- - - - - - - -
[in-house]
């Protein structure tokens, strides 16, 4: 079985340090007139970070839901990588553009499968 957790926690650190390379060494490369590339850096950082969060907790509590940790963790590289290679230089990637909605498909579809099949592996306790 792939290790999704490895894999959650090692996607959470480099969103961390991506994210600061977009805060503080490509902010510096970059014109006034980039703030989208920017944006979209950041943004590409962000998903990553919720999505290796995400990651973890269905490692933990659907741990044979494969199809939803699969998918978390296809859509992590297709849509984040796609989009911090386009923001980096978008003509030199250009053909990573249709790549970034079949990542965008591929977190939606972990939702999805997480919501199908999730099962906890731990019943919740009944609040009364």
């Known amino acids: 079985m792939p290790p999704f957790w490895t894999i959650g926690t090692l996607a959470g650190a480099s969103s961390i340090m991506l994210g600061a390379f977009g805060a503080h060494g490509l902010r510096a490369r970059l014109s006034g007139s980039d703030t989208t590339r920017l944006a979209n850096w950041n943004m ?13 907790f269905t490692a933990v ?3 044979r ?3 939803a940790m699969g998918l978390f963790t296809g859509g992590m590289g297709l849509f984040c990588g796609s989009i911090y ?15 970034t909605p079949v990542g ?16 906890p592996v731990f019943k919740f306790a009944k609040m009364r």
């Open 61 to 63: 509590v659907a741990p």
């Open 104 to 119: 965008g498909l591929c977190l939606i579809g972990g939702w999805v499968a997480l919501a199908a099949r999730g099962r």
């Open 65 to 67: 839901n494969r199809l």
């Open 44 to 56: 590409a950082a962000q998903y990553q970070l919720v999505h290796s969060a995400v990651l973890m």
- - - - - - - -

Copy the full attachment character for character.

[in-house]
């Protein structure tokens, strides 16, 4: 079985340090007139970070839901990588553009499968 957790926690650190390379060494490369590339850096950082969060907790509590940790963790590289290679230089990637909605498909579809099949592996306790 792939290790999704490895894999959650090692996607959470480099969103961390991506994210600061977009805060503080490509902010510096970059014109006034980039703030989208920017944006979209950041943004590409962000998903990553919720999505290796995400990651973890269905490692933990659907741990044979494969199809939803699969998918978390296809859509992590297709849509984040796609989009911090386009923001980096978008003509030199250009053909990573249709790549970034079949990542965008591929977190939606972990939702999805997480919501199908999730099962906890731990019943919740009944609040009364």
């Known amino acids: 079985m792939p290790p999704f957790w490895t894999i959650g926690t090692l996607a959470g650190a480099s969103s961390i340090m991506l994210g600061a390379f977009g805060a503080h060494g490509l902010r510096a490369r970059l014109s006034g007139s980039d703030t989208t590339r920017l944006a979209n850096w950041n943004m ?13 907790f269905t490692a933990v ?3 044979r ?3 939803a940790m699969g998918l978390f963790t296809g859509g992590m590289g297709l849509f984040c990588g796609s989009i911090y ?15 970034t909605p079949v990542g ?16 906890p592996v731990f019943k919740f306790a009944k609040m009364r």
């Open 61 to 63: 509590v659907a741990p």
């Open 104 to 119: 965008g498909l591929c977190l939606i579809g972990g939702w999805v499968a997480l919501a199908a099949r999730g099962r």
């Open 65 to 67: 839901n494969r199809l």
């Open 44 to 56: 590409a950082a962000q998903y990553q970070l919720v999505h290796s969060a995400v990651l973890m």